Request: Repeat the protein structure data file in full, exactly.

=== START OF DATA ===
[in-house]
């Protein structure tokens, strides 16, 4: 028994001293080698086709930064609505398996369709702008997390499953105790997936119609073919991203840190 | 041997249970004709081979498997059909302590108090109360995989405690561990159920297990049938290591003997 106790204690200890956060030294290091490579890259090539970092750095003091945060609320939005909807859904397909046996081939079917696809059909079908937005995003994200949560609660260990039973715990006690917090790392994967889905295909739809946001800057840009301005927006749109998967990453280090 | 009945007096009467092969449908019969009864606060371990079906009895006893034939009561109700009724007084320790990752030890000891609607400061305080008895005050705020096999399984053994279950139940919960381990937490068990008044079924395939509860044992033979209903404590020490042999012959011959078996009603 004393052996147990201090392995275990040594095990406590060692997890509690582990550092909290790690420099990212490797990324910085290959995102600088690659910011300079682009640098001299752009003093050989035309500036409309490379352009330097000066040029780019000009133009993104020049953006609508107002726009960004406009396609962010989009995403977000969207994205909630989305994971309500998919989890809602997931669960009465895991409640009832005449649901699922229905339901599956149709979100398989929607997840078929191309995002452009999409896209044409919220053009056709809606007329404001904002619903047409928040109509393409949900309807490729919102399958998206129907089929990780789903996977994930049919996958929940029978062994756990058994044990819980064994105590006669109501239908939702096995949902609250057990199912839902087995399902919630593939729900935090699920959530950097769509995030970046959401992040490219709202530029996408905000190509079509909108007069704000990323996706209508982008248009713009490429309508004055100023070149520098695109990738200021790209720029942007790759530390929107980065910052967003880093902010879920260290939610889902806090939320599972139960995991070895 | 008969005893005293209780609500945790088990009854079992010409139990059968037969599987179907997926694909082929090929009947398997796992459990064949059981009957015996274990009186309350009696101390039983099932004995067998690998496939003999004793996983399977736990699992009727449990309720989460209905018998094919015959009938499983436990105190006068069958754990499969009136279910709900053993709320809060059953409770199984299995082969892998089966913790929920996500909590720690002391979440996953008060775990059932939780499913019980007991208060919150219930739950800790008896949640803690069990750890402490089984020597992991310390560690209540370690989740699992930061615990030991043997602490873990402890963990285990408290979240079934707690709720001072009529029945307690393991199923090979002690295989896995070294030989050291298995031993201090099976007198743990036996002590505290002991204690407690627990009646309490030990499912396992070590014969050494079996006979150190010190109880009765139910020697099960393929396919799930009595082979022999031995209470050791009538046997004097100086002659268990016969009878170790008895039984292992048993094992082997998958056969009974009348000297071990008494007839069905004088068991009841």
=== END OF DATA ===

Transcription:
[in-house]
């Protein structure tokens, strides 16, 4: 028994001293080698086709930064609505398996369709702008997390499953105790997936119609073919991203840190 | 041997249970004709081979498997059909302590108090109360995989405690561990159920297990049938290591003997 106790204690200890956060030294290091490579890259090539970092750095003091945060609320939005909807859904397909046996081939079917696809059909079908937005995003994200949560609660260990039973715990006690917090790392994967889905295909739809946001800057840009301005927006749109998967990453280090 | 009945007096009467092969449908019969009864606060371990079906009895006893034939009561109700009724007084320790990752030890000891609607400061305080008895005050705020096999399984053994279950139940919960381990937490068990008044079924395939509860044992033979209903404590020490042999012959011959078996009603 004393052996147990201090392995275990040594095990406590060692997890509690582990550092909290790690420099990212490797990324910085290959995102600088690659910011300079682009640098001299752009003093050989035309500036409309490379352009330097000066040029780019000009133009993104020049953006609508107002726009960004406009396609962010989009995403977000969207994205909630989305994971309500998919989890809602997931669960009465895991409640009832005449649901699922229905339901599956149709979100398989929607997840078929191309995002452009999409896209044409919220053009056709809606007329404001904002619903047409928040109509393409949900309807490729919102399958998206129907089929990780789903996977994930049919996958929940029978062994756990058994044990819980064994105590006669109501239908939702096995949902609250057990199912839902087995399902919630593939729900935090699920959530950097769509995030970046959401992040490219709202530029996408905000190509079509909108007069704000990323996706209508982008248009713009490429309508004055100023070149520098695109990738200021790209720029942007790759530390929107980065910052967003880093902010879920260290939610889902806090939320599972139960995991070895 | 008969005893005293209780609500945790088990009854079992010409139990059968037969599987179907997926694909082929090929009947398997796992459990064949059981009957015996274990009186309350009696101390039983099932004995067998690998496939003999004793996983399977736990699992009727449990309720989460209905018998094919015959009938499983436990105190006068069958754990499969009136279910709900053993709320809060059953409770199984299995082969892998089966913790929920996500909590720690002391979440996953008060775990059932939780499913019980007991208060919150219930739950800790008896949640803690069990750890402490089984020597992991310390560690209540370690989740699992930061615990030991043997602490873990402890963990285990408290979240079934707690709720001072009529029945307690393991199923090979002690295989896995070294030989050291298995031993201090099976007198743990036996002590505290002991204690407690627990009646309490030990499912396992070590014969050494079996006979150190010190109880009765139910020697099960393929396919799930009595082979022999031995209470050791009538046997004097100086002659268990016969009878170790008895039984292992048993094992082997998958056969009974009348000297071990008494007839069905004088068991009841």